The governments of Canada and Manitoba are investing $98,970 through the Canadian Agricultural Partnership to upgrade the University of Manitoba’s horticulture storage facility so it can conduct innovative potato research, federal Agriculture and Agri-Food Minister Marie-Claude Bibeau and Manitoba Agriculture Minister Derek Johnson announced today.
“Ensuring that our scientists have the tools they need to conduct their research is essential to support the resilience and competitiveness of the agricultural sector,” said Bibeau. “The work being accomplished in these potato storage facilities will help producers reduce food waste on their farms. In the end, this research should allow for the reduction of pollution and an increase in revenue.”
“Our government is proud to continue supporting research that accelerates the sustainable growth and competitiveness of Manitoba’s agricultural, agri-food and agri-product sectors,” said Johnson. “Potatoes are the fourth most valuable crop in Manitoba and are estimated to generate $1 billion per year for the provincial economy. Research and innovation are critical to developing new approaches that improve the potato sector.”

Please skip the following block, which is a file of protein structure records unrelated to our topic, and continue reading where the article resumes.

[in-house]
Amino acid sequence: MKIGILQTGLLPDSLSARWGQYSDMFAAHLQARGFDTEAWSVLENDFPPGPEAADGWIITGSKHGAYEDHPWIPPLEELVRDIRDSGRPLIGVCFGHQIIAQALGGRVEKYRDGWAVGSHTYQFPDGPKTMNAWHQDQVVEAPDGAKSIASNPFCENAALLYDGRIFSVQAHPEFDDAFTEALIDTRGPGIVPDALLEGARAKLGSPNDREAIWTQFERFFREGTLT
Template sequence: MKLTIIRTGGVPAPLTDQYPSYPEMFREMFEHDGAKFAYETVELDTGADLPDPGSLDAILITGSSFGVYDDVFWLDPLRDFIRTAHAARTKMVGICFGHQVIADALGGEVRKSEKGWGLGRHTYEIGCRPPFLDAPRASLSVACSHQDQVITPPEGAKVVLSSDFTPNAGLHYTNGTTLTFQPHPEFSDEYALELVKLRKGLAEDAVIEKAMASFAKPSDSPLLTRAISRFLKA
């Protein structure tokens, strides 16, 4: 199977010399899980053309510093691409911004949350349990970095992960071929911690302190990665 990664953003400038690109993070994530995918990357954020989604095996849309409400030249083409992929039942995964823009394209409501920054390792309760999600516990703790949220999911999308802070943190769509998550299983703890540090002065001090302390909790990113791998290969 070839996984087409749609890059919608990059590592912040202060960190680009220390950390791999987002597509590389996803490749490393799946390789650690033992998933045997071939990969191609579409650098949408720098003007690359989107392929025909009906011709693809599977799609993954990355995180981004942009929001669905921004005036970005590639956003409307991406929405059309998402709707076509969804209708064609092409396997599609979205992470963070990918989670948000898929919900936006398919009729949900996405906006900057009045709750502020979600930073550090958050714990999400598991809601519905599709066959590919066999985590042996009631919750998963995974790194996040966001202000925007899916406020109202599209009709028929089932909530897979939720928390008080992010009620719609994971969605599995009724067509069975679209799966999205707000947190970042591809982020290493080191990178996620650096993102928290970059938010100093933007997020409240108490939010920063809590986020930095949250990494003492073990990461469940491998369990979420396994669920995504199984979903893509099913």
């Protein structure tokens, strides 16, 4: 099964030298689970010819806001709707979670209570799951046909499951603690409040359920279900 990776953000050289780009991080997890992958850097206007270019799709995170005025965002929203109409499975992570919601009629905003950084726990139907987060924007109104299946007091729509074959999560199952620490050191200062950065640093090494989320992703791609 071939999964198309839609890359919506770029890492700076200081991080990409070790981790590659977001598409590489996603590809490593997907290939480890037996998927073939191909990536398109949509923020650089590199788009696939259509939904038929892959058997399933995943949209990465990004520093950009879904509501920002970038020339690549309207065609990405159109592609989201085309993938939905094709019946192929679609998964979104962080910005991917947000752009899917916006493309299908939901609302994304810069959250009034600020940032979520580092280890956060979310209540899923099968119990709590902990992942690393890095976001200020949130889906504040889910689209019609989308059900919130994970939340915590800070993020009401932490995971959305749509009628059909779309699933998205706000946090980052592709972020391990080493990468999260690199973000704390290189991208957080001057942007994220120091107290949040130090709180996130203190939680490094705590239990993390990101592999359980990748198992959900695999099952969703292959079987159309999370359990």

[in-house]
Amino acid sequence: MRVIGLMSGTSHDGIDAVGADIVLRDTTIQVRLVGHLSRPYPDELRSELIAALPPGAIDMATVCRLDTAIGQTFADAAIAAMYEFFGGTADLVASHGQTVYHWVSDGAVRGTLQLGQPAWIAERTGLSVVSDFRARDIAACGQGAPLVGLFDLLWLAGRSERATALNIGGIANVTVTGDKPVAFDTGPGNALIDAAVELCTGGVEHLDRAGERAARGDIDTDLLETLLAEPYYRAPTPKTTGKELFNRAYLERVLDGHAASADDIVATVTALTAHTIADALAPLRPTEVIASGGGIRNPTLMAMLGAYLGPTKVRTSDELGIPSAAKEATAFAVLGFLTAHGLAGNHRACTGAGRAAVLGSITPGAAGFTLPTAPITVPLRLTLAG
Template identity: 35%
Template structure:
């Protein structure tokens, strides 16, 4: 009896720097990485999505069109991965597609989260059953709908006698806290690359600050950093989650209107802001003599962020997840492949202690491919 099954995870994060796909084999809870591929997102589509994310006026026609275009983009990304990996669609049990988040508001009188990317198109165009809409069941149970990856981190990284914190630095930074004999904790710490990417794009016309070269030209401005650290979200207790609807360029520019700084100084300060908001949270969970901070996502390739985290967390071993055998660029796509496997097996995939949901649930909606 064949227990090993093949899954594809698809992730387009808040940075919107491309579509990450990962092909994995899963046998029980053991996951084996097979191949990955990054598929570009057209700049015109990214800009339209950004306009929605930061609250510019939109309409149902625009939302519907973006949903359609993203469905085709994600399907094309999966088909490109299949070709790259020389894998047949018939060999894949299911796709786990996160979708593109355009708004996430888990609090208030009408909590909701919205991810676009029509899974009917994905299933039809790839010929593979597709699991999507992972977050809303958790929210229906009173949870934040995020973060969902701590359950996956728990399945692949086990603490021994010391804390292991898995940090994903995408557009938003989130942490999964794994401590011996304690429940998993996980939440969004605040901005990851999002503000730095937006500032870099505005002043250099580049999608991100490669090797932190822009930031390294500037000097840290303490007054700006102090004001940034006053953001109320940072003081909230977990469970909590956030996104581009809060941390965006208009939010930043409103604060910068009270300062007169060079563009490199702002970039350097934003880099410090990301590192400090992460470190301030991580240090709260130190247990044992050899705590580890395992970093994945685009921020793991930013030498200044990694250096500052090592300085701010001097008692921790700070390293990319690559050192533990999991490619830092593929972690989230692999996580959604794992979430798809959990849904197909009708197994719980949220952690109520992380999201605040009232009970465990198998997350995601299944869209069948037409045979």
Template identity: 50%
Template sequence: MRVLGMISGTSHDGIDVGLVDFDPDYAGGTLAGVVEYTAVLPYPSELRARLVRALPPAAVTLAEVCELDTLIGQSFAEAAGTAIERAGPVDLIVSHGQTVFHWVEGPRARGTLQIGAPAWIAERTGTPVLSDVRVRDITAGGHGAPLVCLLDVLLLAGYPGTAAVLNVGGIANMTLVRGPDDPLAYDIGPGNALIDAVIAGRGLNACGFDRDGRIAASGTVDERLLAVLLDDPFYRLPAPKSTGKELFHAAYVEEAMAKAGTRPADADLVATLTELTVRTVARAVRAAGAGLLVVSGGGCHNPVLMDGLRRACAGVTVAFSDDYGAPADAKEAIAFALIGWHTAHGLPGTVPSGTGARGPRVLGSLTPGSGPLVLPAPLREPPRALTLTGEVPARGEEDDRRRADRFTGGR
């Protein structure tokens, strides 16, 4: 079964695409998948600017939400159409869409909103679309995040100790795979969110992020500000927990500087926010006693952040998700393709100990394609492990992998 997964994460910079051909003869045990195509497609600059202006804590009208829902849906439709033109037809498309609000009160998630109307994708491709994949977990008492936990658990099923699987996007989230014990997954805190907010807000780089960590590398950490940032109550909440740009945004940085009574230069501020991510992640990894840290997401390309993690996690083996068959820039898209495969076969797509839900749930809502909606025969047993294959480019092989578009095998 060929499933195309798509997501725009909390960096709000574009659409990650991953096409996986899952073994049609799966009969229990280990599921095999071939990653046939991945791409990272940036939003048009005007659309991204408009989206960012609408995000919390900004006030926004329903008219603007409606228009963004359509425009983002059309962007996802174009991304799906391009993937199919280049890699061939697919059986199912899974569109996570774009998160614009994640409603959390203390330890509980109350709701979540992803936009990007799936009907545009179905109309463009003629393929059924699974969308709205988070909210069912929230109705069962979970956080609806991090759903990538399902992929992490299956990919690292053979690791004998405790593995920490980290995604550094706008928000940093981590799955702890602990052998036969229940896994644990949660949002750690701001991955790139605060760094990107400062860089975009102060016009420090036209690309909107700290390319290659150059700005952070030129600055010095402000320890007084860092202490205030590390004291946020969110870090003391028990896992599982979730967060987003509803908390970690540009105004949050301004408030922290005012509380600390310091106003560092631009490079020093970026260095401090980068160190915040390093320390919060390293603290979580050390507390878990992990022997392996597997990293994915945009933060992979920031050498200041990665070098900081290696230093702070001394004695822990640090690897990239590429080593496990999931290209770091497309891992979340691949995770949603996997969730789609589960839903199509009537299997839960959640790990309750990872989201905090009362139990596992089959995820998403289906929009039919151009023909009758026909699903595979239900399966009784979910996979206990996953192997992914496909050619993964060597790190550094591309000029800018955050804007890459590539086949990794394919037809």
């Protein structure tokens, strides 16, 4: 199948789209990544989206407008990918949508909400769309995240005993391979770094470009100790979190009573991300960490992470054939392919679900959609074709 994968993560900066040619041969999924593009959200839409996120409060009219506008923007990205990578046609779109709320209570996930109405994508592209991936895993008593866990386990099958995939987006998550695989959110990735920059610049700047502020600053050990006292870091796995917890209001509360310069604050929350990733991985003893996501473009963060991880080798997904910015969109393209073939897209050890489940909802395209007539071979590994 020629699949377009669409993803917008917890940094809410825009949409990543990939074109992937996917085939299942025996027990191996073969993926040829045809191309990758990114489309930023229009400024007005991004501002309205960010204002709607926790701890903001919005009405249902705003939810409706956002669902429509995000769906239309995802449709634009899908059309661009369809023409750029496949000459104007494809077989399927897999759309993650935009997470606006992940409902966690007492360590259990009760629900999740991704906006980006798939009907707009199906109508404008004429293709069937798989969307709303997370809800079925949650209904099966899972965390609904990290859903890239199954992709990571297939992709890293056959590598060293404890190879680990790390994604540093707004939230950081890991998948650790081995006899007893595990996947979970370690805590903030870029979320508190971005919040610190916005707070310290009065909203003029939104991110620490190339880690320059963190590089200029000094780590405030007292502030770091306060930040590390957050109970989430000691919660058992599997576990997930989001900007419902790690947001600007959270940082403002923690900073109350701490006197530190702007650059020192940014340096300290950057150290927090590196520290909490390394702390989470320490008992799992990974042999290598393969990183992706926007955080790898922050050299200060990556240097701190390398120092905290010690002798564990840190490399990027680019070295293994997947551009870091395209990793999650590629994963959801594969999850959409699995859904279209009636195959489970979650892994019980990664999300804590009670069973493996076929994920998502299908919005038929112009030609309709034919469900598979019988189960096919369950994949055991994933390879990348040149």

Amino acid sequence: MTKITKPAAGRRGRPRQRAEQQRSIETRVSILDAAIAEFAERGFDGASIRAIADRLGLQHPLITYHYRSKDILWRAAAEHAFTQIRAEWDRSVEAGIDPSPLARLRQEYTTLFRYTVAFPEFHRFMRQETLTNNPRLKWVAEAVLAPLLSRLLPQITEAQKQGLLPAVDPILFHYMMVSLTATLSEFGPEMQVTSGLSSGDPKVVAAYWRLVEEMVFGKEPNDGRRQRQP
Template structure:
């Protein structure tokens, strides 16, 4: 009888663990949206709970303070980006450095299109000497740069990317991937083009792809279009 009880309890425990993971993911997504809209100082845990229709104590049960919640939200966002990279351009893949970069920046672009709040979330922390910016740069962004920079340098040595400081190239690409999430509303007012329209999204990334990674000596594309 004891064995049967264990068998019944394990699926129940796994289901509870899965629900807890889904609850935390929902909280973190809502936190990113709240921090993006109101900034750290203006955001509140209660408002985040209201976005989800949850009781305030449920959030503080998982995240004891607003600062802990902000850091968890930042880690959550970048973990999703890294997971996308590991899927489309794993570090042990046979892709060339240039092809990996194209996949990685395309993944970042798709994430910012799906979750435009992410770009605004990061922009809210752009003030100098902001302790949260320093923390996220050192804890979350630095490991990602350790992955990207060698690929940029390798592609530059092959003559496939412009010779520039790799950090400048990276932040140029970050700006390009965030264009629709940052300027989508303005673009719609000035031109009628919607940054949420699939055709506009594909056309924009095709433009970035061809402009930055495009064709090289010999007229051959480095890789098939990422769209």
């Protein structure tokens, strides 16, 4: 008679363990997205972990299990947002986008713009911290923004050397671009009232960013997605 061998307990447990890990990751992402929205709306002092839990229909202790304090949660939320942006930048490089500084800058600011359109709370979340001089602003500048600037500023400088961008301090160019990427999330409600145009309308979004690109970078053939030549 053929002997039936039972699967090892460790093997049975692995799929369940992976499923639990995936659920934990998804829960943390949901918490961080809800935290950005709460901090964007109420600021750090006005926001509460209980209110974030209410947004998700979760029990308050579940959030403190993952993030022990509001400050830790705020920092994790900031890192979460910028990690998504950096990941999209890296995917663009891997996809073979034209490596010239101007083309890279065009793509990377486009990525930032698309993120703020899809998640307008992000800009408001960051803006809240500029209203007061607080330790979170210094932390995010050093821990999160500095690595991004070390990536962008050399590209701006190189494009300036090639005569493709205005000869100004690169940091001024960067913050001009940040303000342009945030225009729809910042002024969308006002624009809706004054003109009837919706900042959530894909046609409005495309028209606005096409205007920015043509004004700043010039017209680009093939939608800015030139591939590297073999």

The investment will allow researchers to conduct post-harvest potato storage research that will be representative of on-farm storage at potato producer operations. The upgraded storage facility will be able to control environmental conditions, including carbon dioxide levels, temperature and humidity, Johnson noted.
The upgraded facility will also align with other international research facilities and will be able to create more training and capacity-building opportunities for undergraduate and graduate students as the university strengthens partnerships with producers and processers in the potato sector, Johnson added.
“Thanks to the support from governments of Manitoba and Canada, this much-needed infrastructure renewal will help our researchers solve real-world challenges in the storage and management of potatoes,” said Martin Scanlon, dean, faculty of agricultural and food sciences, University of Manitoba. “Equally important is the training and development of highly qualified professionals that this facility will provide to benefit the future of the potato industry in Manitoba and beyond.”
The Canadian Agricultural Partnership is a five-year, $3-billion commitment by Canada's federal, provincial and territorial governments that supports Canada's agri-food and agri-products sectors. This includes a $2-billion commitment that is cost-shared 60 per cent federally and 40 per cent provincially/territorially for programs that are designed and delivered by provinces and territories.
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